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|10/28/1999 1:50 AM|
||Motorized pot for Master Volume?|
While designing the relay boards for the... humble amp project I am working on, it occurred to me that it would be really cool to use a footpedal to control a motorized master volume pot. Looking in Mouser I see that they do have 100kA motorized pots for about $10 each. Does anybody sell 1M versions of these pots? Possibly with two sections for a post-PI MV? In any case if anyone has tried this idea any suggestions or tips would be appreciated!
|10/28/1999 3:40 AM|
Have a look at the Soldano/Caswell preamp. It's all motorized as far as the pots go. As I recall you could step on a midi pedal and the pots would change instantly to whatever was preset. I aslo understand it took ALOT of work to get it some what quite! (ha, ha)
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|10/28/1999 4:54 AM|
Soldano uses what I believe are called stepper motors on that pots. You send a control voltage and the pot turns to *that* setting.. (as opposed to an analog signal just rotating the thing)
as far as motorized pots though, Neil Young has you all by about 15+? years... he had a thingy called "the whizzer" built which twiddles the knobs on his tweed Deluxe for him from a footpedal I believe.
|10/28/1999 2:05 PM|
I believe DigiKey has motorized slider pots, possibly stereo.
You're gonna need some kind of servo circuit, too. Your motor control needs to know where the pot is so it can know which way, and how far to move.
How would you feel about an 8-channel WIRELESS motorized knob twiddler? Check out an RC hobbyist site for radio/servo sets - possibly used - to get the difficult stuff already done (cheap, too). Your challenge becomes a re-package job rather than some from-scratch nightmare.
|10/28/1999 6:47 PM|
Speaking of wireless I do have a Sony stereo receiver that uses a motorized volume pot which is controlled by the IR remote... I guess the remote just sends one signal to turn it clockwise and another signal to turn it ccw, which would simplify things a bit (since it doesn't have to monitor the exact setting of the pot).
Speaking of motorized knob twiddlers, it just occurred to me that Honeywell makes a Modutrol motor (for opening dampers, etc.) and I've seen them wired up to a "wheatstone bridge" style circuit in which the damper shaft moves in unison with the trim pot... But those Modutrol motors are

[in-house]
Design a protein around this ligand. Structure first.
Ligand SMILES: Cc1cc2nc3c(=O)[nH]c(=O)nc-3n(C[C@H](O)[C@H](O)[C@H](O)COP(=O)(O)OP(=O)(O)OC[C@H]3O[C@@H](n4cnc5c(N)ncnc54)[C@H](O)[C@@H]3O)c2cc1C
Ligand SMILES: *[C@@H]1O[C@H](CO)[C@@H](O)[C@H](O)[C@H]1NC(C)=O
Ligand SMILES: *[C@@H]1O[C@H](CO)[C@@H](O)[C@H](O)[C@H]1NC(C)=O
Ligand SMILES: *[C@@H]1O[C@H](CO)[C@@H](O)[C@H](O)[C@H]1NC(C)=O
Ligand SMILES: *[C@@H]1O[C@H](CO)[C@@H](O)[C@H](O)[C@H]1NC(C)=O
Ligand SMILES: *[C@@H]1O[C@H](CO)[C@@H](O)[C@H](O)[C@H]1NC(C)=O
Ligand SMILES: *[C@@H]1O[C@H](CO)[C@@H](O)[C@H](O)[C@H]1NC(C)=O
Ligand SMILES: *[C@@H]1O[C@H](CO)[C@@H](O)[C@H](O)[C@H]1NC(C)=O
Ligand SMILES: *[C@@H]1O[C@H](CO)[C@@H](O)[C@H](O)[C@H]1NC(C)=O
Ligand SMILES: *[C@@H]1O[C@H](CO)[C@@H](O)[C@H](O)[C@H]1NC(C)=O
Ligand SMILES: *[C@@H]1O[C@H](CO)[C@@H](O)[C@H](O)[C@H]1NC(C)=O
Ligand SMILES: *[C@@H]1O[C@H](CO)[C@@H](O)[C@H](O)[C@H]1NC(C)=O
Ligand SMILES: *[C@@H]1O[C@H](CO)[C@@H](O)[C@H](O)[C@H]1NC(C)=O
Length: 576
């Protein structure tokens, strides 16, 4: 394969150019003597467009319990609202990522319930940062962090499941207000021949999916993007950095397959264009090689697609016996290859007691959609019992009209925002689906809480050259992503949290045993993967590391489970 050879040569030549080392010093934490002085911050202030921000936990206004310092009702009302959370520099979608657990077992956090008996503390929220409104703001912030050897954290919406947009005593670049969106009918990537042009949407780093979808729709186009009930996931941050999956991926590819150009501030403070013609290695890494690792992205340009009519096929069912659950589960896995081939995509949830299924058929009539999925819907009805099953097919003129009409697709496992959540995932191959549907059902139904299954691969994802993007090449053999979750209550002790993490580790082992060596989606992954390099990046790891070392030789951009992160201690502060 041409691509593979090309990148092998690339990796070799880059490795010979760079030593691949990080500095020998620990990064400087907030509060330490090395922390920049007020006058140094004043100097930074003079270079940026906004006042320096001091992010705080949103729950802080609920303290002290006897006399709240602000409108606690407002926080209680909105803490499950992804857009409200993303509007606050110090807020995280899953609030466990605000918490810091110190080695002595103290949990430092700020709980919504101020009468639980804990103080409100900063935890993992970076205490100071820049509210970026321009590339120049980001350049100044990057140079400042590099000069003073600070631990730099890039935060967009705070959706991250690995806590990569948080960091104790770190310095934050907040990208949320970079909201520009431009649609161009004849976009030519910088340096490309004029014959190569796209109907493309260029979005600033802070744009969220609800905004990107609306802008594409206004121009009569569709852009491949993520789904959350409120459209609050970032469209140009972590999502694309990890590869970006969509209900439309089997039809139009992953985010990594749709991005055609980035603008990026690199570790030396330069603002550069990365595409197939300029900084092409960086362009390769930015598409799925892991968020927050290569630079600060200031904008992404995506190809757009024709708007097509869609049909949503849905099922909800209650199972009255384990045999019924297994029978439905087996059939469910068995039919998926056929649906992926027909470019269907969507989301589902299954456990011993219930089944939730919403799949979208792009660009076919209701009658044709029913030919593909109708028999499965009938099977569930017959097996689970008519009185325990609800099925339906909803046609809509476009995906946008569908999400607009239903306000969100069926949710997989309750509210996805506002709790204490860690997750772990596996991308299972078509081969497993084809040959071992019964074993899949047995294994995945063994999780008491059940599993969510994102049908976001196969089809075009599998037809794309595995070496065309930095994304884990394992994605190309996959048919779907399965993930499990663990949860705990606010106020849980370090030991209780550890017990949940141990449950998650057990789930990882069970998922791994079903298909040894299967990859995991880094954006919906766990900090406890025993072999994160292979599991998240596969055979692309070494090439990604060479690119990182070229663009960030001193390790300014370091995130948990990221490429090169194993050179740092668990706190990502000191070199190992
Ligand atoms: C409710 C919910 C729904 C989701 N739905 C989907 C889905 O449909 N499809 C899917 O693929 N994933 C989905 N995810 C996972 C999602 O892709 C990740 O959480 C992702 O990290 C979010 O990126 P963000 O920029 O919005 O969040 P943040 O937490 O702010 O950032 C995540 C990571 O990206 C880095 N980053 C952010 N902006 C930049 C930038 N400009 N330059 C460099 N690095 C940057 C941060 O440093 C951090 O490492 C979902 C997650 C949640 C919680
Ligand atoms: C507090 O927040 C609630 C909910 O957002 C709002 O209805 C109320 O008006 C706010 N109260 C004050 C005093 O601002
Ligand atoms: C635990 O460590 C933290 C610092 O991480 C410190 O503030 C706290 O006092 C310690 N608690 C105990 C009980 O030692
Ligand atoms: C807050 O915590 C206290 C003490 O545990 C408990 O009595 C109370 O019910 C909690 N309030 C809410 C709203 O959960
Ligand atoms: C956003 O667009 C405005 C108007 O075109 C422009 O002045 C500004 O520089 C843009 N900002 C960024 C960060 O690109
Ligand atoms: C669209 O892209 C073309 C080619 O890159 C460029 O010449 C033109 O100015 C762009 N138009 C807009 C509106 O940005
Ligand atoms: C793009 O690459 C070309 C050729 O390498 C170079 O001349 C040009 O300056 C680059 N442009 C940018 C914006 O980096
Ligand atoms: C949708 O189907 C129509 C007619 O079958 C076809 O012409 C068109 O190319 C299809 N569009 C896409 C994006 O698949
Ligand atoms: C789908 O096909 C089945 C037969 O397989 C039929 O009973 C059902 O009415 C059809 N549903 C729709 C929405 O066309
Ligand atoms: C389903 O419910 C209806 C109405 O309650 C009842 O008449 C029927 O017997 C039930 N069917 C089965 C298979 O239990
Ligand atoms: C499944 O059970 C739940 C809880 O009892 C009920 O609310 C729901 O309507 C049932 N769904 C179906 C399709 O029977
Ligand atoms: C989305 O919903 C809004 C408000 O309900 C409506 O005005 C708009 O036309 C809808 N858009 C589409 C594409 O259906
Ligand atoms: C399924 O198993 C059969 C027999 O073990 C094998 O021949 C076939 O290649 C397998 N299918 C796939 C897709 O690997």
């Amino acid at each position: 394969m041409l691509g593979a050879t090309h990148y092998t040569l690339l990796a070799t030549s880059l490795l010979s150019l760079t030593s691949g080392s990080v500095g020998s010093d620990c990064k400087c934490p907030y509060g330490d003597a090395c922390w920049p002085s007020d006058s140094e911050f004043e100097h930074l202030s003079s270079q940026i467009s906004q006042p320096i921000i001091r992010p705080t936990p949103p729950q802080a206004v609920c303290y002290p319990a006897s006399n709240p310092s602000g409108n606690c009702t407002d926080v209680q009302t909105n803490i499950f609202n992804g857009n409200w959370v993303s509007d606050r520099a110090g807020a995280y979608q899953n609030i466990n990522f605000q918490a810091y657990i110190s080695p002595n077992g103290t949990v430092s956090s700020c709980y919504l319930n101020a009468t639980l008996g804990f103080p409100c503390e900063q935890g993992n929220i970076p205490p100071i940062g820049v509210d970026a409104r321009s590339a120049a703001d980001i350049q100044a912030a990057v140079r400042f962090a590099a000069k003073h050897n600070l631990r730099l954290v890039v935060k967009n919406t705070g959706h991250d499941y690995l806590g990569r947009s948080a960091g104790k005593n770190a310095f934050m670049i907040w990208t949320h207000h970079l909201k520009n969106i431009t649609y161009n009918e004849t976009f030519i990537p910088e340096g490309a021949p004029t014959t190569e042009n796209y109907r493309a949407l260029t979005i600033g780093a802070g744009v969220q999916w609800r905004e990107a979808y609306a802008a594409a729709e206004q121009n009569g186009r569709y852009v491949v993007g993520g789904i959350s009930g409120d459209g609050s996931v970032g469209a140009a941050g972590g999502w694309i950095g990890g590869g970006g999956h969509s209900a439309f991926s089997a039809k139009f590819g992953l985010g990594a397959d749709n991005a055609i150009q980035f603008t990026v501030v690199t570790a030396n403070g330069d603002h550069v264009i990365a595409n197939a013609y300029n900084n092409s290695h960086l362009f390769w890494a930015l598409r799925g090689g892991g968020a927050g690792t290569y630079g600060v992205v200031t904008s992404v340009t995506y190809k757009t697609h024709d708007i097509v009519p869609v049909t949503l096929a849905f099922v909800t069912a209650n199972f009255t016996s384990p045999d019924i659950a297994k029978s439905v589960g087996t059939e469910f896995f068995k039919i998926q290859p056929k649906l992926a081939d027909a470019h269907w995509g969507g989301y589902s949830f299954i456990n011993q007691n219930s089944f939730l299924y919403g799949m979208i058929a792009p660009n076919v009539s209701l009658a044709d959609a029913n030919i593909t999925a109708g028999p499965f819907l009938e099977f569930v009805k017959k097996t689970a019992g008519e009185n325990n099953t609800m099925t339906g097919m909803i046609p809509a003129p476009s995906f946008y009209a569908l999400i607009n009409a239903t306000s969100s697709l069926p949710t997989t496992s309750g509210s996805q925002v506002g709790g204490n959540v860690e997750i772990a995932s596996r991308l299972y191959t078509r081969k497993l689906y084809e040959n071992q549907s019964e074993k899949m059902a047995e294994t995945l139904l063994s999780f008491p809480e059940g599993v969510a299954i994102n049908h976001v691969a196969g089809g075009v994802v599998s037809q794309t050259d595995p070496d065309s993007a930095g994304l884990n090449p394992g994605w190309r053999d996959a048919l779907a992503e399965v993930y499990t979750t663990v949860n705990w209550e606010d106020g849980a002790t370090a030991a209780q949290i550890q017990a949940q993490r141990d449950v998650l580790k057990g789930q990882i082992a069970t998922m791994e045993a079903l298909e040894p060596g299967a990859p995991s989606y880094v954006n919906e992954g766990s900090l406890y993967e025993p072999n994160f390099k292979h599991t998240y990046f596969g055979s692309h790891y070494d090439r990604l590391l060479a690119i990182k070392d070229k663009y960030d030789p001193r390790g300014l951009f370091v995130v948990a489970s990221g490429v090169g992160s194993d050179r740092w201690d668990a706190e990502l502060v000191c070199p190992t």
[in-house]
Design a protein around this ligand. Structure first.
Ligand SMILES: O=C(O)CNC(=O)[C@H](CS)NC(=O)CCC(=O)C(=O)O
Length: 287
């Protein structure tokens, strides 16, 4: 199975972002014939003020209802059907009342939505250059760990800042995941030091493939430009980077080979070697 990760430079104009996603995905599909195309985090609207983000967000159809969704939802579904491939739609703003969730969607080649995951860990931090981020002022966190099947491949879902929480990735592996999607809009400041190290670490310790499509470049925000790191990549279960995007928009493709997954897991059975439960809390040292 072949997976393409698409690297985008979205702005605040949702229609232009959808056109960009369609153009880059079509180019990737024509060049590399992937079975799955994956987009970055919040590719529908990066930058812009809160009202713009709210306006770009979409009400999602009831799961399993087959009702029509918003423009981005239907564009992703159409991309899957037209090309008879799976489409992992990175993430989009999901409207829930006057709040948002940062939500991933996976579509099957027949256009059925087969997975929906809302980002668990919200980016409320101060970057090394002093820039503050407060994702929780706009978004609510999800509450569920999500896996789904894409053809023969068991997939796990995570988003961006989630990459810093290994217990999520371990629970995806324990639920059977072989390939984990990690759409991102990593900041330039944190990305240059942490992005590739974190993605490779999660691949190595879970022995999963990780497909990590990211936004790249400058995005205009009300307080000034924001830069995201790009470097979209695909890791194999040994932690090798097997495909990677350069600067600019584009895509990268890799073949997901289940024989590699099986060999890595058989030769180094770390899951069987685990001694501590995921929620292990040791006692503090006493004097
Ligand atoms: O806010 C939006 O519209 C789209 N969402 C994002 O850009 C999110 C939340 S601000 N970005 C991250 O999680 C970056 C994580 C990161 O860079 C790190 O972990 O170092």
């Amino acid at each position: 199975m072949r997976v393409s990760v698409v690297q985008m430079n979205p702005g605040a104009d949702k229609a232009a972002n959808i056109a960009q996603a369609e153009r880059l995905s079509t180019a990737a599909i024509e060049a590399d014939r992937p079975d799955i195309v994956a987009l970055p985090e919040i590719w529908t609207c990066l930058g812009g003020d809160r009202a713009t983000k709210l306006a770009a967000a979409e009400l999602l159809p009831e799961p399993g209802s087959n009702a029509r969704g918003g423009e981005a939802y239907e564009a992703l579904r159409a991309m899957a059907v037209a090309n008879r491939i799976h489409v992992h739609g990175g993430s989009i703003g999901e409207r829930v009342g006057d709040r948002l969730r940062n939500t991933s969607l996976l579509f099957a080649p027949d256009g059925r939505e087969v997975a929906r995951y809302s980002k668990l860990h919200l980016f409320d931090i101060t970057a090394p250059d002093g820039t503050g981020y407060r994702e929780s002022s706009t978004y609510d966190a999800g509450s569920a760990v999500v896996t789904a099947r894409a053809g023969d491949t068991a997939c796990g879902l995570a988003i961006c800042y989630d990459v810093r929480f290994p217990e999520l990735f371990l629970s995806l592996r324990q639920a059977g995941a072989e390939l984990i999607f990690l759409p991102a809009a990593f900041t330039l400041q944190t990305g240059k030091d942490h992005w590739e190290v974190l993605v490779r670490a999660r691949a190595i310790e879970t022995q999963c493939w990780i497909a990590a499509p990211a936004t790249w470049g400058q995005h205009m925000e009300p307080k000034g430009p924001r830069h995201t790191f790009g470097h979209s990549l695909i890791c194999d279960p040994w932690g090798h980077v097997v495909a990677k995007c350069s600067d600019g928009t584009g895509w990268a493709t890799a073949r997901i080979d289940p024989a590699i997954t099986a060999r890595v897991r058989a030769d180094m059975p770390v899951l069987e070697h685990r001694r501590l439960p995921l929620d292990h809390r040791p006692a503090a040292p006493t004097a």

HUGElike a 6"x6"x6" cube plus the linkage...
Does anybody make an automated mixing board that uses motorized rotary pots? Perhaps we could borrow the circuitry out of something like that... Maybe it is out of the ballpark for home-brewers, but it seems like the companies selling amps for $5k+ could add in something like that to give the buyer something more for their money! (I still like the idea of a control pedal with the volume control following the setting of the pedal...)
|10/28/1999 7:57 PM|
I kind of doubt you'll find rotary 'flying fader' controls unless you're way up in the studio market. Still, they may have a couple of junked channels you could play with at your favorite local studio.
Your stereo's motorpot only knows you want 'more' or 'less' volume and - like you said - could give a rat's ___ about where it is now. Now, if you find that sort of control acceptable, and want to go with a pedal that actuates a toe-switch and a heel-switch to set direction and how long to operate... you know what to do. You just lose the positional feedback of a full servo-control pedal.
You'd wind up with something like that third 'pedal' on a digitech floor thing. Busted stereo junk ought to be DIRT cheap, too (hint hint, nudge nudge).
|10/29/1999 3:00 AM|
||New topic: 300-in-One Tube Guitar Amp Project Lab?|
Since that idea sort of fizzled out I thought I'd bring up another one I've been mulling over. Rather than have us hack up an old Fender amp to experiment with in learning about guitar amps, maybe one of the distributors here could put together an experimenter's kit (just like the "300-in-One Electronics Project Lab" that they sell at Radio Shack). A nice chassis with plenty of holes, a decent set of trannies, a bagful of components, and most important, a project book that would show how the classic amp designs would be wired up on the included all-purpose eyelet board.
I think many of us have already taken this route in one form or another, but by packaging the materials together in a kit, there should be a decent discount compared to the items purchased separately. These kits could be also be sold for classes on guitar amps at the local night school or junior college; if a class ordered a dozen kits there could be an additional discount (and still plenty of money to be made by the distributor... hint, hint!) If a project turned out particularly well, the student could order a cabinet to mount it in (which would be even more money for the distributor). Sounds like a win-win situation to me, and if sales didn't match expectations the distributor could just put the items back into his regular inventory... and I don't think that he would have any problem selling the project books he had printed up.
Here's a drawing of a bassman eyelet board stuffed with components for my latest project, just to illustrate what I'm talking about. With drawings like this to follow, lots of people could get their feet wet building their own amps and experimenting with different designs. All without having to hack up still another SF/BF Fender amp...
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